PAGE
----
As expected, President Biden has decided to extend the CDC's national moratorium on evictions, which is presently set to expire on Wednesday (June 30). The one-month extension, which the administration says will be the last such extension, will also give the Democrats more time to distribute billions of dollars in pandemic aid and rent relief. The moratorium will now remain in effect until July 31.
The White House's decision, which it confirmed Thursday morning, follows reports that California's Democrat-dominated government was weighing to extend the moratorium for Californians while also reimbursing landlords for lost rent. Democrat policy wonks have also been warning that the expiration of the moratorium could set off a somewhat less severe eviction crisis.
Since this will be the final extension (at least, so says the White House), Biden and his team are working to prevent a wave of evictions. For starters, the extension will be just part of a slew of executive actions that the administration is planning involving several federal agencies to help compensate for impending death of the moratorium. These will include a summit on housing affordability and evictions, to be held at the White House later this month, per the NYT.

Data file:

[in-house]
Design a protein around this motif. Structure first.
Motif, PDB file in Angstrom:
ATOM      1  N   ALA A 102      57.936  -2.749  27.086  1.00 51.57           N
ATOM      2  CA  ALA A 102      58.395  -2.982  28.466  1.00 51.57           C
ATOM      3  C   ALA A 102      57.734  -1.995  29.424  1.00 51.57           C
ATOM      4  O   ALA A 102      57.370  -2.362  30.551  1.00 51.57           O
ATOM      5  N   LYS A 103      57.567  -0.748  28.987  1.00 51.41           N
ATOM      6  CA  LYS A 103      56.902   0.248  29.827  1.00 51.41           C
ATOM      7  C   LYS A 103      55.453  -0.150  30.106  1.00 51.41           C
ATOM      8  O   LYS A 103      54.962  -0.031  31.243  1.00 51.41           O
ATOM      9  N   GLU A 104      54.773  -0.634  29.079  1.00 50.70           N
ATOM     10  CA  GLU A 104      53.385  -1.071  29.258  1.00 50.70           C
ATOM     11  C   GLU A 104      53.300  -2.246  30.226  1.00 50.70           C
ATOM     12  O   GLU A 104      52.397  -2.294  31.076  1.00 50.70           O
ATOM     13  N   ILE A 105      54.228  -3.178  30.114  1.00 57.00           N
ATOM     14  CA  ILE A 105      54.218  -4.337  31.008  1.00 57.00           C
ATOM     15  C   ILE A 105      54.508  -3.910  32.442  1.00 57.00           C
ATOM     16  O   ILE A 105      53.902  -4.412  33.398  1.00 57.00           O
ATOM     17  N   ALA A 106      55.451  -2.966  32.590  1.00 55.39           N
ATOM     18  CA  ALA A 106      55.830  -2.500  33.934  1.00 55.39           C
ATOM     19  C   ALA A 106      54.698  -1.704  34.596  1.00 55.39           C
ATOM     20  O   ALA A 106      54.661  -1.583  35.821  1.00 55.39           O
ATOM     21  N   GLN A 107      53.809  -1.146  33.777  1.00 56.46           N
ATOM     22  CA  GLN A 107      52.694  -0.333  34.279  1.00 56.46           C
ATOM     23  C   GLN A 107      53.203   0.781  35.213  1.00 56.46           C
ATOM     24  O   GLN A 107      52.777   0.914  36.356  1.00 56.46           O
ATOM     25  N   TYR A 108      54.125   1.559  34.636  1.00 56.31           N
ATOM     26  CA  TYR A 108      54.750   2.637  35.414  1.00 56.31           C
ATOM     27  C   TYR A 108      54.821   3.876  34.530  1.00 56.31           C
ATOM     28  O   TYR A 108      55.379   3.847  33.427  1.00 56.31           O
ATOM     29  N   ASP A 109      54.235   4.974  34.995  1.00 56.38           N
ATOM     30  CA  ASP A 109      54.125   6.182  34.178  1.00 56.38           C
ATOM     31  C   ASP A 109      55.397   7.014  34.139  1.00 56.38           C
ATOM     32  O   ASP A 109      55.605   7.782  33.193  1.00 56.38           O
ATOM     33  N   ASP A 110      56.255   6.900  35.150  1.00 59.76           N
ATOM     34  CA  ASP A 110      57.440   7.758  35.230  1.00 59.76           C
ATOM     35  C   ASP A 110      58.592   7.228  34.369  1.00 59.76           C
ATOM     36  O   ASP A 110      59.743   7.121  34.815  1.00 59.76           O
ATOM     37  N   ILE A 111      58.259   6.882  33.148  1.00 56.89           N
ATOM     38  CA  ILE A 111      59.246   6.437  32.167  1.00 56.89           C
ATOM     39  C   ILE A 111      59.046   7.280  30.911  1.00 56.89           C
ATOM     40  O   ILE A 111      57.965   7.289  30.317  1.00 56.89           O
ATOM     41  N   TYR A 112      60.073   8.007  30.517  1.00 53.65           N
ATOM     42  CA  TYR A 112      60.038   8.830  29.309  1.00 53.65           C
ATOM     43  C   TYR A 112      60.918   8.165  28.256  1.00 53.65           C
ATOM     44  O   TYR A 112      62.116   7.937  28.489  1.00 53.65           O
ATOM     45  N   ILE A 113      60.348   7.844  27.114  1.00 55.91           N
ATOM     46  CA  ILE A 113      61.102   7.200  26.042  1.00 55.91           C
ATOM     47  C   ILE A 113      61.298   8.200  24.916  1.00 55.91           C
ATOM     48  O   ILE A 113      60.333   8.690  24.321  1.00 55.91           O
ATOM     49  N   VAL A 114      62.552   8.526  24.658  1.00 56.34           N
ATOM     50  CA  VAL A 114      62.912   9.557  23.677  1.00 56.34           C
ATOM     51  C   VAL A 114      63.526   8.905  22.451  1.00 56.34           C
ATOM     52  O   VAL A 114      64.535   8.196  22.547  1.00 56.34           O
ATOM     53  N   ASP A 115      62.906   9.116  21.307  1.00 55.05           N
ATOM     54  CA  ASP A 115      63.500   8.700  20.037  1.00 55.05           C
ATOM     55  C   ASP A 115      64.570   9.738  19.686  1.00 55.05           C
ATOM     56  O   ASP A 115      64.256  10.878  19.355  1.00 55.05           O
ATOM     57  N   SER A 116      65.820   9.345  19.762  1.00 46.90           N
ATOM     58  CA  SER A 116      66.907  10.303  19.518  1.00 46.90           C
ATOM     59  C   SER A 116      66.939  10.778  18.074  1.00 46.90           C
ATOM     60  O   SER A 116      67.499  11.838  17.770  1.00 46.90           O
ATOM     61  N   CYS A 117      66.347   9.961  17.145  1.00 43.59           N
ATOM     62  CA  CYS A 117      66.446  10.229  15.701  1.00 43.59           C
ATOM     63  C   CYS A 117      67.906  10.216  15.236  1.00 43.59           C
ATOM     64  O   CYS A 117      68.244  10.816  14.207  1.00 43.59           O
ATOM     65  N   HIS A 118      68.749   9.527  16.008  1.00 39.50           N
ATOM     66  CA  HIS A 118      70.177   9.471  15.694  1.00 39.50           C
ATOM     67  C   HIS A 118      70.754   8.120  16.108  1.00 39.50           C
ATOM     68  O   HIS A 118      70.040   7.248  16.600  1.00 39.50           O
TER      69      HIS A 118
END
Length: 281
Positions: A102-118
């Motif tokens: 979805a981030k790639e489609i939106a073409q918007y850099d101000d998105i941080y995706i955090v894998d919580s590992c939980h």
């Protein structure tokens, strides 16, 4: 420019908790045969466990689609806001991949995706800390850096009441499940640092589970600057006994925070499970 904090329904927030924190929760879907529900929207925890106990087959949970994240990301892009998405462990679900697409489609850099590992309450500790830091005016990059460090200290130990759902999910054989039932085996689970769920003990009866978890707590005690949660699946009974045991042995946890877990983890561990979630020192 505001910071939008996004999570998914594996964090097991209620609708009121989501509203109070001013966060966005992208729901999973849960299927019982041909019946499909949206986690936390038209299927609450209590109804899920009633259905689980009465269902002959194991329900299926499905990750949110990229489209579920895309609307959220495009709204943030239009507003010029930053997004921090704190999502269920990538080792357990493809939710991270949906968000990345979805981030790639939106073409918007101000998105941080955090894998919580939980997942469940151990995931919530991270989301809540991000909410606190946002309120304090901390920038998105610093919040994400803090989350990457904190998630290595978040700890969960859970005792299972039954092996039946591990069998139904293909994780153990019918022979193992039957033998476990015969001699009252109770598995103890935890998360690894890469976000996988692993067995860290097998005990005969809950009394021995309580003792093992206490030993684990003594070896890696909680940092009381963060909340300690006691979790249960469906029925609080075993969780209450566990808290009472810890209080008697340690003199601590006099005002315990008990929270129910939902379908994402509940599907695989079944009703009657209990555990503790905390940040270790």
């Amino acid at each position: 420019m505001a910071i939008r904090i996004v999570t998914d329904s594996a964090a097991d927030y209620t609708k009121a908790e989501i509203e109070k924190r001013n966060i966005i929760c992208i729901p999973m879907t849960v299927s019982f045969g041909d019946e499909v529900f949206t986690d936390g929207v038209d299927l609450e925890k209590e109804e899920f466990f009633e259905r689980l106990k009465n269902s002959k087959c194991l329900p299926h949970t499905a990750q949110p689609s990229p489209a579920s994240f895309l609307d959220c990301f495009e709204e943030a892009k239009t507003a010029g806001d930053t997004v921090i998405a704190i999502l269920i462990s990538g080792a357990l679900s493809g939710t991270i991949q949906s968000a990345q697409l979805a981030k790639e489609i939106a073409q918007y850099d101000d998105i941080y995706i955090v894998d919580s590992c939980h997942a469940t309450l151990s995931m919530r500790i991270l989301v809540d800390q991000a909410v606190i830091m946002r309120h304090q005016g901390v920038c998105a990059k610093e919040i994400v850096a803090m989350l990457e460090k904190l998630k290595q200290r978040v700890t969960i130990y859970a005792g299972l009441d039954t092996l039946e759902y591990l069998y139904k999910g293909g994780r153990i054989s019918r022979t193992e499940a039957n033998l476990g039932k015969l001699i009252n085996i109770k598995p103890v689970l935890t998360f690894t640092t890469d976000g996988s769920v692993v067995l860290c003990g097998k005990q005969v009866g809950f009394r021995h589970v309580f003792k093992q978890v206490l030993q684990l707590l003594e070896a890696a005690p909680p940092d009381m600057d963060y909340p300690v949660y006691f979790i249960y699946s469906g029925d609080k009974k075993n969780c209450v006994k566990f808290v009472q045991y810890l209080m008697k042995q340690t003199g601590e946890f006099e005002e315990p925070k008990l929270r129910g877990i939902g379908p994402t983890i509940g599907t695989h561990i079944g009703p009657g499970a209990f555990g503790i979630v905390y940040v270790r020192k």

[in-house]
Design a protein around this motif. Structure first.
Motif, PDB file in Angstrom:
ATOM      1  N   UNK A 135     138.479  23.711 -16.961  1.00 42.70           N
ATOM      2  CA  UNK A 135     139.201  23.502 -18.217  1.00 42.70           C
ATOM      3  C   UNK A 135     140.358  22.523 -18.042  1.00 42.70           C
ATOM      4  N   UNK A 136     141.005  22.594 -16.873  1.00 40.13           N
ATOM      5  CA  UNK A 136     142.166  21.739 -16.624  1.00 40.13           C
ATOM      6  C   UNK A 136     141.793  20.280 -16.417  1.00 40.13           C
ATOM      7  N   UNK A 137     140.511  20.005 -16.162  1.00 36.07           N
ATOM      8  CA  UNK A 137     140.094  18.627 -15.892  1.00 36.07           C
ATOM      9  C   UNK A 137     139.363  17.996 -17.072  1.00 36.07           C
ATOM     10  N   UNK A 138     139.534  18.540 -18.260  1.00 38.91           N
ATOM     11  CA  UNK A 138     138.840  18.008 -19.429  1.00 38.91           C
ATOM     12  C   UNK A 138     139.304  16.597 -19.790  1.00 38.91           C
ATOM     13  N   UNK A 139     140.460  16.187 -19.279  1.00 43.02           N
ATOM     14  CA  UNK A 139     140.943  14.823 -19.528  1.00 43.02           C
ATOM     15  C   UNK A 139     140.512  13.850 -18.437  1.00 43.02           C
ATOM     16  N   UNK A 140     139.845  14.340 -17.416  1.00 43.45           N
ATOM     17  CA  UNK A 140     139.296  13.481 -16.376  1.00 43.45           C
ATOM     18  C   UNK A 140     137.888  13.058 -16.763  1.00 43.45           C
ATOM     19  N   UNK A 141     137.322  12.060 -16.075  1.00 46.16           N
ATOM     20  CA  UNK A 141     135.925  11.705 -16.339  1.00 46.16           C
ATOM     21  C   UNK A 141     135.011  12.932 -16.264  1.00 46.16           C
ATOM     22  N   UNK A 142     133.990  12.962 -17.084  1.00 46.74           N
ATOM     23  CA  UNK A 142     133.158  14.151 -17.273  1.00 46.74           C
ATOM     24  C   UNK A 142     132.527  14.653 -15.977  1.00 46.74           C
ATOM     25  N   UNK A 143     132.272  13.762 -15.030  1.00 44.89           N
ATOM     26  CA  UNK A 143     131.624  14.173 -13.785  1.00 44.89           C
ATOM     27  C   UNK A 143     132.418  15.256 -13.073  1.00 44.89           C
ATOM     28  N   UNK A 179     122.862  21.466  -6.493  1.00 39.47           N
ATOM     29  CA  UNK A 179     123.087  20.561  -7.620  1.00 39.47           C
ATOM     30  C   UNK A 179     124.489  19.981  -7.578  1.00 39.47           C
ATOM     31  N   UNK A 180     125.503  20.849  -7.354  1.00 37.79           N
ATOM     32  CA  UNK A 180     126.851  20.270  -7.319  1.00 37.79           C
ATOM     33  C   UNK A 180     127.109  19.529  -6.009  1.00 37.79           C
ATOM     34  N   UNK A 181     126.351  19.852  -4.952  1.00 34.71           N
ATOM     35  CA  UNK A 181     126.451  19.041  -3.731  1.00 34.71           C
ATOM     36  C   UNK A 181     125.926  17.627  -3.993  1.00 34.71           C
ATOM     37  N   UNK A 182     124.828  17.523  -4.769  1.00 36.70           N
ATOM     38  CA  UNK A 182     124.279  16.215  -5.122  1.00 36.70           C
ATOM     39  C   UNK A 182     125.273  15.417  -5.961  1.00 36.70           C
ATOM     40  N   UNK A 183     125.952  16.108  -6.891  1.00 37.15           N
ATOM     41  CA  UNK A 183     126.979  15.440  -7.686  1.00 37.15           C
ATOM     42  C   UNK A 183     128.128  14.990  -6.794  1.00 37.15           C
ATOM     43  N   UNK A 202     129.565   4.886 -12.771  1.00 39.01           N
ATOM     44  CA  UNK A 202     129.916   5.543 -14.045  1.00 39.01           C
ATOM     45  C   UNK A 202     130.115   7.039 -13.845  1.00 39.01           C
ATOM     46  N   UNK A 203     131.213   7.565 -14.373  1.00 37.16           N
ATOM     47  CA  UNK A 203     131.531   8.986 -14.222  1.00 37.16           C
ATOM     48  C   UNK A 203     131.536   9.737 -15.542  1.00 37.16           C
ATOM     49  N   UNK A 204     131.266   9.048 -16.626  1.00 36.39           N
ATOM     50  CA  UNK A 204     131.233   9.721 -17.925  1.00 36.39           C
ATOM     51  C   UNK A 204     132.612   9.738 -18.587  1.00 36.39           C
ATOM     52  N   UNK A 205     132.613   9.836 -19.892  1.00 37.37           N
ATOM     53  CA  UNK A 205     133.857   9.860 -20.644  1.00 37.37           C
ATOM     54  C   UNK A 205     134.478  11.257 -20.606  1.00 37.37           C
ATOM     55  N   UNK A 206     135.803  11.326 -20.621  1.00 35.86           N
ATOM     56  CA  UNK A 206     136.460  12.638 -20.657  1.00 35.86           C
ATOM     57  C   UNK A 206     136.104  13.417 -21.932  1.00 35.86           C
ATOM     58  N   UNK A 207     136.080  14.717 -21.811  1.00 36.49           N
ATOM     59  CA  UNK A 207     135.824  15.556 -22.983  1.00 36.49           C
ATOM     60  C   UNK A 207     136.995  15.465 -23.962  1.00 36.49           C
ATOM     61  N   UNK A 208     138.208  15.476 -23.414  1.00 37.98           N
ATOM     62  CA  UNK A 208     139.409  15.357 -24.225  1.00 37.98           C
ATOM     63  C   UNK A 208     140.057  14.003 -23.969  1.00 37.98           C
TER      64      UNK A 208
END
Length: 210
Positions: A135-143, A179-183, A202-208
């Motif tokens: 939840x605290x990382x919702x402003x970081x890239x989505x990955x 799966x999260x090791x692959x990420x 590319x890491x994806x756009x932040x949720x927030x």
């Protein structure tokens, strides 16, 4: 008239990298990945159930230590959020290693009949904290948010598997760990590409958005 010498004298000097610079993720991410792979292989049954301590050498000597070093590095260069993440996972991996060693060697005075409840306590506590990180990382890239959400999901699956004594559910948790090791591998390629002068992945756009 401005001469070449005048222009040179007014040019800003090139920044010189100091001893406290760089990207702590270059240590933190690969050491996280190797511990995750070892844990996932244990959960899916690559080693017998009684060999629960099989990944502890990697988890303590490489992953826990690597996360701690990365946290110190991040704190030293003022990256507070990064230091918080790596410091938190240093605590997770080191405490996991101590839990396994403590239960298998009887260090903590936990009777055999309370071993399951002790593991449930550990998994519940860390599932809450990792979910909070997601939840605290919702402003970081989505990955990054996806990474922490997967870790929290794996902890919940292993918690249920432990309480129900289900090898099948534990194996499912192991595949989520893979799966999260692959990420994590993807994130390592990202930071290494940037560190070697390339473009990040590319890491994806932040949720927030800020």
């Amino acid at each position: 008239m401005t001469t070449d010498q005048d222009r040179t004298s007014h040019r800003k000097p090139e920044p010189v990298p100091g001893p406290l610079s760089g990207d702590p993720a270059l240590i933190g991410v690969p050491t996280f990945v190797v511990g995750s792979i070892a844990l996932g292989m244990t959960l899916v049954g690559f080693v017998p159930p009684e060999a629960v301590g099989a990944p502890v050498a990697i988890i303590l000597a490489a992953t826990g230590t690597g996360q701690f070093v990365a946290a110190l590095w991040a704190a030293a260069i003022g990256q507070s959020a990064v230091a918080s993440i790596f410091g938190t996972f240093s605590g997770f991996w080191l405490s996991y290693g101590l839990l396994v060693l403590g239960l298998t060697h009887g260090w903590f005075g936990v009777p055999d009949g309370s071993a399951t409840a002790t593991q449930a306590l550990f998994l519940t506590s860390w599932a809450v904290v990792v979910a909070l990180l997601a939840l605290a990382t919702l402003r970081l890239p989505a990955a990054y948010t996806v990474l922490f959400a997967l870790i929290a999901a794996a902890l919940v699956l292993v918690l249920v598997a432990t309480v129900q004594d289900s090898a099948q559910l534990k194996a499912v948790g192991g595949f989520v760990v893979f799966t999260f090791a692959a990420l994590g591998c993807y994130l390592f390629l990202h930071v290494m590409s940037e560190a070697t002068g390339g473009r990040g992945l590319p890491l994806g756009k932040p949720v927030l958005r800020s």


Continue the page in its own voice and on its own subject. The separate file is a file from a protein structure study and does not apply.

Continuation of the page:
The White House also plans to increase coordination with local officials and legal aid organizations to minimize evictions after July 31, and it is also planning new guidance from the Treasury Department intended to streamline the sluggish disbursement of the $21.5 billion in emergency aid included in the pandemic relief bill in the spring. In total, some $50 billion has been allocated for rent relief and aid for low-income housing since the start of the pandemic.
🚨BREAKING: President Biden will extend federal eviction moratorium for 30 days & activate whole of government approach on eviction prevention/diversion, as we urged. Now we must redouble efforts to get ERA to tenants who need it to stay stably housed. https://t.co/p7QYA0ywWK— Diane Yentel (@dianeyentel) June 24, 2021
Democrats point to data like this stat from the National Low Income Housing Coalition which alleges that 6MM American families are behind on rent and at risk of being homeless this summer.
Assuming Biden follows through, this will mark the fourth time the deadline for lifting the ban on evictions has been pushed back.